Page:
Many companies that offer a subscription-based product or service have an easier way to sell their wares to Amazon.com customers with today’s launch of Subscribe with Amazon, a self-serve platform that’s already being used by several major publishers and well-known brands.
Subscription offerings are available to consumers now on a dedicated subscription storefront. Major publishers like The New York Times, the Wall Street Journal, People magazine and Consumer Reports are selling there already, as are subscription product providers like Sling TV, Dropbox and The Princeton Review. In addition to the storefront, Amazon says it’ll also surface subscription offerings in its product recommendations and search results.
Sellers can set their own subscription prices, with the option to offer free trials, set different service tiers and — of course — offer special deals for Amazon Prime members. It’s free to sign up, but Amazon is going to pocket some of the sellers’ sales in exchange for the visibility on Amazon.com: Sellers will keep 70 percent of each transactional amount during a customer’s first year as a subscriber, then keep 85 percent after a subscriber’s first year.
The self-serve platform lets sellers create the detail/landing page for their product or service, add photos and more. As I said above, it’s open to many companies that offer subscription-based products and services, but not all.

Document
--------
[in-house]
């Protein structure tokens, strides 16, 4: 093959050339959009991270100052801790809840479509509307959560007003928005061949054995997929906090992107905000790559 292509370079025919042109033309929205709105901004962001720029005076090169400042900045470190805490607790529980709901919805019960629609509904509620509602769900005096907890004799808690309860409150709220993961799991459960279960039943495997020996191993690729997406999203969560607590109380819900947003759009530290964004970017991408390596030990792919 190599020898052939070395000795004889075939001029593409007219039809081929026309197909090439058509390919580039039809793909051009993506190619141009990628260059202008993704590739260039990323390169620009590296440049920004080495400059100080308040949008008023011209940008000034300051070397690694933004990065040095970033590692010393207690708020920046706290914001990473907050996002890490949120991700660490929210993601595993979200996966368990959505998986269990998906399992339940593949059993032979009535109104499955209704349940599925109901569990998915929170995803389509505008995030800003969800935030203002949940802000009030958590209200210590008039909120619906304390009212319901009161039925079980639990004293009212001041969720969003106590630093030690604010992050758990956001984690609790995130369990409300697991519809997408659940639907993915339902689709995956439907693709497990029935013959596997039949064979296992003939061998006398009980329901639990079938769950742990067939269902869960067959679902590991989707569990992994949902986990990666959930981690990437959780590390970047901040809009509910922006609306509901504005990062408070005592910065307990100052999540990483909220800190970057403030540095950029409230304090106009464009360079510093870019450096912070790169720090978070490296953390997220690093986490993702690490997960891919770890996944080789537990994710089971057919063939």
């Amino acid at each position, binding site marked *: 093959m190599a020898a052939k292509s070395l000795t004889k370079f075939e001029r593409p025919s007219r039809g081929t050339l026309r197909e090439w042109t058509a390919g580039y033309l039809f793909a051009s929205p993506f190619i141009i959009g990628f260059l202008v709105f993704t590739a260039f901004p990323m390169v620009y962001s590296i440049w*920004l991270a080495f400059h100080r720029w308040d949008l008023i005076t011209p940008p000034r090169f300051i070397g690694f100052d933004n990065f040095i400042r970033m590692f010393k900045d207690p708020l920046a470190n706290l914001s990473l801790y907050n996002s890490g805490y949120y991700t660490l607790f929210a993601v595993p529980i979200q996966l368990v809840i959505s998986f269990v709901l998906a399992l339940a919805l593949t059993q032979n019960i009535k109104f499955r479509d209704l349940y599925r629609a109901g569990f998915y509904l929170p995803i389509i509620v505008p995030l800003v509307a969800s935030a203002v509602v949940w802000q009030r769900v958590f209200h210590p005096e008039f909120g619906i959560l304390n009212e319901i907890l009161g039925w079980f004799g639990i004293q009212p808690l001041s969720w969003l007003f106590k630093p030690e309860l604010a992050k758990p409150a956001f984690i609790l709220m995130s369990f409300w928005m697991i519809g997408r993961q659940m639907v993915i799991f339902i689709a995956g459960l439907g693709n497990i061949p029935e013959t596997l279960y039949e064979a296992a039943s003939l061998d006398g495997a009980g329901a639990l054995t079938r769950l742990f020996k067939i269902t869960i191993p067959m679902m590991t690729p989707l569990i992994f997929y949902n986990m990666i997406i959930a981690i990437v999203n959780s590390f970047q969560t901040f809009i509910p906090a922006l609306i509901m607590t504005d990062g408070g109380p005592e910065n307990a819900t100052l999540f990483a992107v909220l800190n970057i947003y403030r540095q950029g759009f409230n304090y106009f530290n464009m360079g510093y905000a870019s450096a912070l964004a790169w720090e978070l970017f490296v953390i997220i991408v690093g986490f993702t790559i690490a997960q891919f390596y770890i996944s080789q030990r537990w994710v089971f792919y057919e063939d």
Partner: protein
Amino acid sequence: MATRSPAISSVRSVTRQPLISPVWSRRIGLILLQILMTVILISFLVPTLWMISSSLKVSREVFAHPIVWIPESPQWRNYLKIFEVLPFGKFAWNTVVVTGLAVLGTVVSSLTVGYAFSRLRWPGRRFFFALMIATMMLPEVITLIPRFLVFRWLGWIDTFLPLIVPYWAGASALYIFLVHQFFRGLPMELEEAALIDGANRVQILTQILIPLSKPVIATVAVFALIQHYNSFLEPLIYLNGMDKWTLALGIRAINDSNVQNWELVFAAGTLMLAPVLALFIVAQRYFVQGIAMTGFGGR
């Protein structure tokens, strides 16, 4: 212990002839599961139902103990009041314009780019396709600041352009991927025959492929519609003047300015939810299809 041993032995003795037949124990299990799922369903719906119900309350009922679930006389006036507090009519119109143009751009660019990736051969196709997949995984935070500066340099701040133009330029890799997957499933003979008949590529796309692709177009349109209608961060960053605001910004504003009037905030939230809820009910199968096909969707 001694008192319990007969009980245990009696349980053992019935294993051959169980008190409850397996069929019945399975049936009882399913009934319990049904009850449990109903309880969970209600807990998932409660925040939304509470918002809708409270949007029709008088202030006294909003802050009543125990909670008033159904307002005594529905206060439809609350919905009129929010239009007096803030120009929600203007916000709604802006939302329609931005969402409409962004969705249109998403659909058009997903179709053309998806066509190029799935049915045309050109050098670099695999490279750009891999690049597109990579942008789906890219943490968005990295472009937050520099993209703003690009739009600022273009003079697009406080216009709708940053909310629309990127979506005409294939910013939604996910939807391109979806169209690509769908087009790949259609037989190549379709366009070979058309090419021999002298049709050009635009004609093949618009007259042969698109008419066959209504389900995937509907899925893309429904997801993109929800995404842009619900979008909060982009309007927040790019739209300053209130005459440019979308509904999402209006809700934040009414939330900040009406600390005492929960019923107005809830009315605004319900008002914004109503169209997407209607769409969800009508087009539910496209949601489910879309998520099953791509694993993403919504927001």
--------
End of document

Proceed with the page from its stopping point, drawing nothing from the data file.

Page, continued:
Subscribe with Amazon is purely digital for now; it doesn’t currently support companies selling physical subscription products. (For some physical products, Amazon offers a separate “subscribe and save” service.) Amazon also says sellers wanting to offer subscriptions in the music or video categories will go through a case-by-case review before being approved. More information and an online application form are available at subscribewithamazon.com.
Although the self-serve platform is new for Amazon, selling subscription-based products isn’t. Amazon launched a magazine subscription store all the way back in 2001.
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